NEW GEN­ER­A­TION

MT EMER­ALD Wind FARM

The Australian Energy Review - - FRONT PAGE - El­iz­a­beth Fabri

DE­SCRIBED by Ratch Aus­tralia’s con­struc­tion di­rec­tor Rene Kuypers as one of the “most chal­leng­ing” projects he has worked on, the 180 megawatt (MW) Mount Emer­ald Wind Farm has in­volved a vast amount of plan­ning and preparation.

The green­fields project it­self sits on a 900m el­e­vated site, sur­rounded by sparse nat­u­ral scrub­land and rocky out­crops that will soon be home to the largest wind farm ever seen in Queens­land, with tur­bines stand­ing more than 30 sto­ries tall.

The orig­i­nal plan in­volved the erec­tion of 75 tur­bines, but af­ter in­dus­try and com­mu­nity con­sul­ta­tion, 63 tur­bines were ap­proved for the site and 53 were agreed to be built.

In late 2016, early con­struc­tion works be­gan; and a num­ber of site chal­lenges fol­lowed.

On top of nav­i­gat­ing the site’s steep and un­du­lat­ing ter­rain and tight en­vi­ron­men­tal reg­u­la­tions, the re­gion’s his­tory as a World War II mor­tar train­ing fa­cil­ity was brought to the sur­face when a small num­ber of un­ex­ploded de­vices were un­cov­ered dur­ing earth­works.

Mr Kuypers said dur­ing clear­ance sur­veys of the area, spe­cialised con­sul­tants iden­ti­fied six con­firmed un­ex­ploded ord­nance (bombs), as well as 150 ex­ploded or rem­nant items, pre­dom­i­nantly mor­tar tail fins.

“Strict pro­to­cols were fol­lowed to al­low the de­vice to be re­moved or dis­posed of be­fore works can con­tinue in the area,” he said.

“Pro­to­cols in­cluded es­tab­lish­ing an ex­clu­sion zone, de­fence depart­ment in­spec­tion and if re­quired dis­posal/ re­moval, fol­lowed by fi­nal in­spec­tion and re-open­ing.”

The com­pany also had to en­sure the nat­u­ral her­itage of the re­gion was pre­served; col­lect­ing 1000 arte­facts to be an­a­lysed and re­turned to site, as well as im­ple­ment­ing a num­ber of mea­sures to pro­tect lo­cal flora and fauna.

“Cairns based en­vi­ron­men­tal con­sul­tants pain­stak­ingly as­sessed all con­struc­tion zones to iden­tify en­dan­gered plants,” Mr Kuypers said.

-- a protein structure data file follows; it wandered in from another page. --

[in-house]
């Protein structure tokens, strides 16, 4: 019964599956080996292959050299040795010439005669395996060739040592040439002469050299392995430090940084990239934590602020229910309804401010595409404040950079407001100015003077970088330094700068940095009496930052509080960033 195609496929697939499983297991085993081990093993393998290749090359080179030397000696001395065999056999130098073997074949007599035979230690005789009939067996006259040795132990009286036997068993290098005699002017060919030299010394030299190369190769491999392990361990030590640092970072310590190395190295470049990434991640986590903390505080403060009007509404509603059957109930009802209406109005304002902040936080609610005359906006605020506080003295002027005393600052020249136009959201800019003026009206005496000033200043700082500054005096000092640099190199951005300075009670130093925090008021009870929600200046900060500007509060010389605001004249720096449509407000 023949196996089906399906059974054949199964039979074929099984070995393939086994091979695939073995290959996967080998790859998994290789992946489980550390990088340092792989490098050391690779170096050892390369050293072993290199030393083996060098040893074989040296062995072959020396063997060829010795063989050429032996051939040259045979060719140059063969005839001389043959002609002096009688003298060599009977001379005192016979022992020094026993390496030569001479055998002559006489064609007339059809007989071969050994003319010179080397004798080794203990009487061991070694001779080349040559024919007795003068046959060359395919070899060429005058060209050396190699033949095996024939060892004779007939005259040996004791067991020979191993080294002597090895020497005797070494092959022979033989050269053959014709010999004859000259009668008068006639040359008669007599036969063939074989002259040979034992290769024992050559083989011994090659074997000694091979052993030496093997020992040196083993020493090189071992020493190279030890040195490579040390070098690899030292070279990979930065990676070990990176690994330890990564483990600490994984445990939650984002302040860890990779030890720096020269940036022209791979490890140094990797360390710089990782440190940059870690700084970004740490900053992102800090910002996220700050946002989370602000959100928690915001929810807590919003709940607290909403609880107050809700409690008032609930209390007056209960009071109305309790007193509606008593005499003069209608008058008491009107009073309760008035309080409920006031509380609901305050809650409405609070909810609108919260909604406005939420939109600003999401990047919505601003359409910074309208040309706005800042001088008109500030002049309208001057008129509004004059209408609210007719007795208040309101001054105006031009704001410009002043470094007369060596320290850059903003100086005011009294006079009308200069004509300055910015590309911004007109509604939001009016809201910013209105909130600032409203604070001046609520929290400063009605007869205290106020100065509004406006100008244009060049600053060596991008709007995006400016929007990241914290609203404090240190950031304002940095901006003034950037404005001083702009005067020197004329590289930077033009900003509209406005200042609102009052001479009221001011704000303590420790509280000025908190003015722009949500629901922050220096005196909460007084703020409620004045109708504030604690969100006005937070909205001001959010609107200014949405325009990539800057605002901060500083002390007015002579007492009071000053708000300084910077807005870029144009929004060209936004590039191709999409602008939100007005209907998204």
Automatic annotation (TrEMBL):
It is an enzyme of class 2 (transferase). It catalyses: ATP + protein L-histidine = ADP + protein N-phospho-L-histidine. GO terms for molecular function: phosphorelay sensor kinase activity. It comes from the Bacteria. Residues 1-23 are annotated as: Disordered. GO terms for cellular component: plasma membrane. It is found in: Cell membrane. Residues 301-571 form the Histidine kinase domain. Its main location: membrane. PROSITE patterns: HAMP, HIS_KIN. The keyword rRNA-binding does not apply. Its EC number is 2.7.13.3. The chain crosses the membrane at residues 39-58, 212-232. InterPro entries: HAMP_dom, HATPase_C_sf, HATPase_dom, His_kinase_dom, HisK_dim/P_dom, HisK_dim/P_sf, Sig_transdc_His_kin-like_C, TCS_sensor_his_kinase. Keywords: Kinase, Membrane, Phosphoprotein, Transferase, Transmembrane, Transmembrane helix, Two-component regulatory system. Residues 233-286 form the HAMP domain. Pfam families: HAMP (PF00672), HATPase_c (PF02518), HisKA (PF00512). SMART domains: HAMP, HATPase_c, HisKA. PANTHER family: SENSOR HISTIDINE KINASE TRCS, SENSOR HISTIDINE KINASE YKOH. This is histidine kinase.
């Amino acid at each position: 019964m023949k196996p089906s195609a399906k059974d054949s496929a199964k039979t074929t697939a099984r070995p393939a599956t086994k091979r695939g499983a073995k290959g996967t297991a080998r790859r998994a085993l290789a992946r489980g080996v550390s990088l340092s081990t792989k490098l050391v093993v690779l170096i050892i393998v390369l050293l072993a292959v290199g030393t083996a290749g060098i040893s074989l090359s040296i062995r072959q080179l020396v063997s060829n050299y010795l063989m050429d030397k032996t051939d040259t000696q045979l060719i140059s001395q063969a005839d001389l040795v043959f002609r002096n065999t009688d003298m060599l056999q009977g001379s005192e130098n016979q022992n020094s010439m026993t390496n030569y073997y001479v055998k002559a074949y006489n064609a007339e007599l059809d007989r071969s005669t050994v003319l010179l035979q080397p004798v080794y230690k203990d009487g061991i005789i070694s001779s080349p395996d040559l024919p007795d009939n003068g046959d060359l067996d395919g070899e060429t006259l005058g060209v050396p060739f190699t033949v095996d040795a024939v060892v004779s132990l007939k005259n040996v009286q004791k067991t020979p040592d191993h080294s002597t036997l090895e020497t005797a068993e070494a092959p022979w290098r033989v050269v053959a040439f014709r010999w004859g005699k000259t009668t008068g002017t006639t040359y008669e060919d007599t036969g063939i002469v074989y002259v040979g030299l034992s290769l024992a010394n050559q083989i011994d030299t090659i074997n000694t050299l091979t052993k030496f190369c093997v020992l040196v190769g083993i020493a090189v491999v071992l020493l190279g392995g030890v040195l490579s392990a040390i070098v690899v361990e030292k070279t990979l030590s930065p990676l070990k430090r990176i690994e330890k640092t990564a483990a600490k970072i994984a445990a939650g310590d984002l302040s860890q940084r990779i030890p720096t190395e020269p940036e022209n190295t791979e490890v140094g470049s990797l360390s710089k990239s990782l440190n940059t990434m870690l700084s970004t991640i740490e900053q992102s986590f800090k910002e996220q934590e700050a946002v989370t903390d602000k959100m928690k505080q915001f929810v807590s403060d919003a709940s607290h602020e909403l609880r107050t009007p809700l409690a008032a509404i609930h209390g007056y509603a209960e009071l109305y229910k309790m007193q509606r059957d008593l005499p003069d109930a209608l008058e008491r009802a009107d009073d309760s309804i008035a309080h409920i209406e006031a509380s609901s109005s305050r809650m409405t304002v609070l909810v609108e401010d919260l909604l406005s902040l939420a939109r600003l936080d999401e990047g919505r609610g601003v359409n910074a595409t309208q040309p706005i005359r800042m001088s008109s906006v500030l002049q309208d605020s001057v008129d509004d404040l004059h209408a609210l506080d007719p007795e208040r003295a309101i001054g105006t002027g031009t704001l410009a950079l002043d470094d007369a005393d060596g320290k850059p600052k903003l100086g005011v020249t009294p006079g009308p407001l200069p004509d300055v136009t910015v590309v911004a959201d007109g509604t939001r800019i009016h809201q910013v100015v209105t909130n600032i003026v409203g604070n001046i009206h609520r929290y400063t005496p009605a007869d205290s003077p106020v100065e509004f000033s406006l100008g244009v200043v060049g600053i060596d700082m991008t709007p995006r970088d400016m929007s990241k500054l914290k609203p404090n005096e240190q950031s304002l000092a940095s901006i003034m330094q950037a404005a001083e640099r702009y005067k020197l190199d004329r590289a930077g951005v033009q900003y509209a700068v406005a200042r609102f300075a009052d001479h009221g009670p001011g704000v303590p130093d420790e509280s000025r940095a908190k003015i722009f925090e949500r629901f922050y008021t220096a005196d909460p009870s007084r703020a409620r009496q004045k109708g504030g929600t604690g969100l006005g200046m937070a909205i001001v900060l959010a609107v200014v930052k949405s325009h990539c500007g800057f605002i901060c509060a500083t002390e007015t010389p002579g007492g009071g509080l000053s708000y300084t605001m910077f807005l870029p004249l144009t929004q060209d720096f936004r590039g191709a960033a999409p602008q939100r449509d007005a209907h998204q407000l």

“These plants are avoided wher­ever pos­si­ble, how­ever in some cases ecol­o­gists are hav­ing great suc­cess in re­lo­cat­ing them to new homes away from con­struc­tion.”

The con­sul­tant also placed spe­cialised traps across the des­ig­nated con­struc­tion zones to cap­ture any north­ern quolls within the site.

“The ini­tial es­ti­mate of the quoll pop­u­la­tion on site was around 55, how­ever, work to date has seen 90 in­di­vid­u­als cap­tured and col­lared with all seem­ingly go­ing about their busi­ness in an undis­turbed man­ner,” he said.

Con­struc­tion be­gins

With earth­works hur­dles now be­hind them, Ratch and its con­trac­tors were fo­cused on ramp­ing up con­struc­tion ac­tiv­i­ties on site.

Global wind en­ergy leader Ves­tas is re­spon­si­ble for con­struc­tion of the project along with ma­jor sub­con­trac­tors Con­sol­i­dated Power Projects (CPP) and Civil & Al­lied Tech­ni­cal Con­struc­tion (Cat­con).

In Au­gust, the project reached an im­por­tant mile­stone when the first of the 53, 800-tonne foun­da­tions were poured.

A month later on 20 Sep­tem­ber, the first ship­ment of freight for the tower sec­tions ar­rived at Cairns Port, fol­lowed by the ar­rival of the first wind tur­bines blades, weigh­ing 16 tonnes each.

The blades will be trans­ported di­rectly from the wharf to a newly con­structed project cargo lay­down area, pur­pose-built by Ports North to ac­com­mo­date the com­po­nents be­fore they are trans­ported by road to the wind­farm site.

Mr Kuypers said the project fea­tured two types of wind tur­bines from Ves­tas’ 3MW plat­form, Ves­tas V112 and V117 mod­els, to take ad­van­tage of the site’s spe­cific char­ac­ter­is­tics.